You know why I was bullied? I was a quiet, meek, non-confrontational kid who liked to read and had zero interest in getting in fights. In other words, I was an easy mark. There was really nothing more to it than that. As I look back at it now, I can’t think of a single thing I ever did to merit being bullied. I didn’t mouth off, I didn’t pick on people, I didn’t want any conflict (as opposed to the present, where I’ve learned to revel in political warfare). This is one of the many reasons that to this day I roll my eyes when people say, “Why do they hate us?” I damn well know from personal experience that there are a lot of evil people who will try to hurt you for no other reason than because they think they can get away with it.
Let me also note that the tactics most people advocate to combat bullying are laughably ineffective. If you get bullied, go tell your teacher! Call a bullying hotline!
The reality is that if the teachers were really keeping a close eye on everything that’s going on around the school there wouldn’t be any bullying going on in the first place. The biggest reason bullies can exist is because teachers don’t pay attention to what’s happening most of the time.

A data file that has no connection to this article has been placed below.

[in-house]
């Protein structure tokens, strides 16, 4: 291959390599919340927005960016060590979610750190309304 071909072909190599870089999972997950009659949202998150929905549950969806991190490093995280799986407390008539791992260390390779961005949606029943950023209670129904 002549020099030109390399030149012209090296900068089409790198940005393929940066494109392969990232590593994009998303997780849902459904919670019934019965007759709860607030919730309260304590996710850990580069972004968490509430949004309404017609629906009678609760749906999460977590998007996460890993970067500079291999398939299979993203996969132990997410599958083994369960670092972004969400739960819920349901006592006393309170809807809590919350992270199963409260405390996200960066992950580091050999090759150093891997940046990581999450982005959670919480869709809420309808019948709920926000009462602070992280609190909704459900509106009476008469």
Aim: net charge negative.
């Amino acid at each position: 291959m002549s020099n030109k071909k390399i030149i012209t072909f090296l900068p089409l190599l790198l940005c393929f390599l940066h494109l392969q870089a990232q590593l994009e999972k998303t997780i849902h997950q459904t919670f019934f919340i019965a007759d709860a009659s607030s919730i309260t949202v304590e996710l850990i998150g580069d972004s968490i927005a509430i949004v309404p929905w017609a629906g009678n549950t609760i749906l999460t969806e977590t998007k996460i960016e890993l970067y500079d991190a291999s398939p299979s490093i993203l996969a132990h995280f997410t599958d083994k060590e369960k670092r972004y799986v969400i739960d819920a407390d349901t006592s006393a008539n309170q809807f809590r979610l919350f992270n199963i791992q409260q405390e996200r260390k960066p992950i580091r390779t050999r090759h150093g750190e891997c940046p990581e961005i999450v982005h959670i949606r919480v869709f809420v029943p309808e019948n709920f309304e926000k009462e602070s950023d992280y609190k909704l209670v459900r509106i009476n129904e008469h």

By Michael van der Galien
Facebook is supposed to be one of the most innovative social networking websites on the Net. It is, at the very least, the biggest — by far.
But for how long will Mark Zuckerberg’s Harvard project remain number one? It’s a fair question to ask now that the changes Facebook announced Thursday at its f8 conference are being criticized by virtually everybody — except for Zuckerberg himself, that is.
When Google+, the new social network of Google, was launched, many were critical. The criticism disappeared at the very moment people starting using it, however: all its new users fell in love with it immediately. This wasn’t just a “social network,” it was truly a new home on the Internet, especially for those who had grown tired of Facebook’s clutter and arrogance.
Facebook knew it had to strike back. First came video chat, which is a partnership with Skype. Then, this week, other innovations were rolled out: the biggest changes were a new news stream and the possibility to subscribe to users’ public posts. Then, Thursday, other changes were introduced that, Zuckerberg announced, would truly revolutionize your Internet experience.